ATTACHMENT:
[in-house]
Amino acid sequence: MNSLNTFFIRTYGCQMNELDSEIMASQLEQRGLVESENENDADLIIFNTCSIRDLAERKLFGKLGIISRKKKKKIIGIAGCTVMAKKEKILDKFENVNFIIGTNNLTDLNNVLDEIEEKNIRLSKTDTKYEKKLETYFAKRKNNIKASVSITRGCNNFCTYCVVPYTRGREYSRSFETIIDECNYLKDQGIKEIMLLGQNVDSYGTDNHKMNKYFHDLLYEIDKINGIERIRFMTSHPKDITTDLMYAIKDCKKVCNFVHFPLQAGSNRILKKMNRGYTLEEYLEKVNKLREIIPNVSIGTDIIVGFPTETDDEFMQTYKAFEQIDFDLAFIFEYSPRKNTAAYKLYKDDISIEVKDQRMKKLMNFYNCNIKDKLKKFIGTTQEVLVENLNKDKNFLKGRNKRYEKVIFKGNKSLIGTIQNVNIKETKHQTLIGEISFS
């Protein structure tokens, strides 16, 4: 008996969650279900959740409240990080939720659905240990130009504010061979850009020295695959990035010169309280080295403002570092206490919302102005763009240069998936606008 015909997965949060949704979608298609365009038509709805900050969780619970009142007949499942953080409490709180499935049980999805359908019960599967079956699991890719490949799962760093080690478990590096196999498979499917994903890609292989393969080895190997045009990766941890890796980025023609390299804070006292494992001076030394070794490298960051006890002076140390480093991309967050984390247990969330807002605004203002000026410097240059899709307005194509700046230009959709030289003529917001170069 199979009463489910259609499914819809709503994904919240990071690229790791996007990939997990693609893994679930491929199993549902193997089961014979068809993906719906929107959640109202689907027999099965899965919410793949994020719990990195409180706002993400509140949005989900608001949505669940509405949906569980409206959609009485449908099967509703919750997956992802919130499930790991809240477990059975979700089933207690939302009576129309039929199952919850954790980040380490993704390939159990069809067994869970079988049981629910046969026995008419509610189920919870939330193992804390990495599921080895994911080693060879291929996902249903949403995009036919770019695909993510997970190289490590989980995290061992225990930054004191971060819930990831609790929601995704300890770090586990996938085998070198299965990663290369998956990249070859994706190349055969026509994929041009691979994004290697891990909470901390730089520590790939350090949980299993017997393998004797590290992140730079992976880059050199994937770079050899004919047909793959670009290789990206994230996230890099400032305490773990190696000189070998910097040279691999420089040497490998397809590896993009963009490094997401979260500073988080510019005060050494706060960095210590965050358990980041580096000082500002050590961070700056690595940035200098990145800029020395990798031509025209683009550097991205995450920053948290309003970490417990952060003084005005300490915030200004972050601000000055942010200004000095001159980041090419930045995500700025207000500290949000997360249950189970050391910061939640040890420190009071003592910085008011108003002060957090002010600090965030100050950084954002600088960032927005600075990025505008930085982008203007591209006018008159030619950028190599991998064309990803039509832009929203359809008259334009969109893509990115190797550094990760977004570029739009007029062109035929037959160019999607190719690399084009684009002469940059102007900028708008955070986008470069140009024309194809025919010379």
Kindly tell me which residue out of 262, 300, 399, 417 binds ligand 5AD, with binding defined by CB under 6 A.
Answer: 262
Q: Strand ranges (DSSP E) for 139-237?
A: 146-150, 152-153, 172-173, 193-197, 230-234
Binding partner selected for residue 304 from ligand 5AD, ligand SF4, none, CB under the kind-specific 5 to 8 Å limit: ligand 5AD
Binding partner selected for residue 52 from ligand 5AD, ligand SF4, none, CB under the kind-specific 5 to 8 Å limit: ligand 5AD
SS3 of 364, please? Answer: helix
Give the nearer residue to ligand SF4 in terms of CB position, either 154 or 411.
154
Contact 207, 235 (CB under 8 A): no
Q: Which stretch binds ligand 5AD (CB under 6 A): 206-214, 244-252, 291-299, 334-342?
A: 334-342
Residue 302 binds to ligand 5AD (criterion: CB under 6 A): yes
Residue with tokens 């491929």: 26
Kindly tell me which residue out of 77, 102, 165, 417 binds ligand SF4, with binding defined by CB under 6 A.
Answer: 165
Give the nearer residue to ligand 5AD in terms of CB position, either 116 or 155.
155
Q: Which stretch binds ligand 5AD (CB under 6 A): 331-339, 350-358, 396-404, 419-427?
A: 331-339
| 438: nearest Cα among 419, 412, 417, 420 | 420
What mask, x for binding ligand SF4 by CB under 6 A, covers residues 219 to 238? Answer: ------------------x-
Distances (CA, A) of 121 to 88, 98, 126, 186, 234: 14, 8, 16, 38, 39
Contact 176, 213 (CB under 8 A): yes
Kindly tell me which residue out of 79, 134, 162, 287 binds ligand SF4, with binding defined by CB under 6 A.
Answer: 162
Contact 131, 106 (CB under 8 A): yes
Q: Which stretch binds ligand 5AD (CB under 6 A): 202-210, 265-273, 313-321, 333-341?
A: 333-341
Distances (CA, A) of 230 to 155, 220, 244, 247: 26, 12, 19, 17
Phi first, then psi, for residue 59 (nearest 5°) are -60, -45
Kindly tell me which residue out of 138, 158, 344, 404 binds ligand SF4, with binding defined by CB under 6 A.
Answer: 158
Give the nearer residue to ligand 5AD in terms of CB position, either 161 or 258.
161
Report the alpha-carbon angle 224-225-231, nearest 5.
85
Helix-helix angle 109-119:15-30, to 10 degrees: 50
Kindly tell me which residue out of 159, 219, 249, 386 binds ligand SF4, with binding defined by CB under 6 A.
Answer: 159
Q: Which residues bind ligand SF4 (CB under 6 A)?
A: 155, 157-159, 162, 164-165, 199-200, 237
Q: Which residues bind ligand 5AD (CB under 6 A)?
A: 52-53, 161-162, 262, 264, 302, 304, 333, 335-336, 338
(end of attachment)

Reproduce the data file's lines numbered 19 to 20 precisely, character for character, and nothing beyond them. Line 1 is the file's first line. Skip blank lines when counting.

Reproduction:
Answer: 165
Give the nearer residue to ligand 5AD in terms of CB position, either 116 or 155.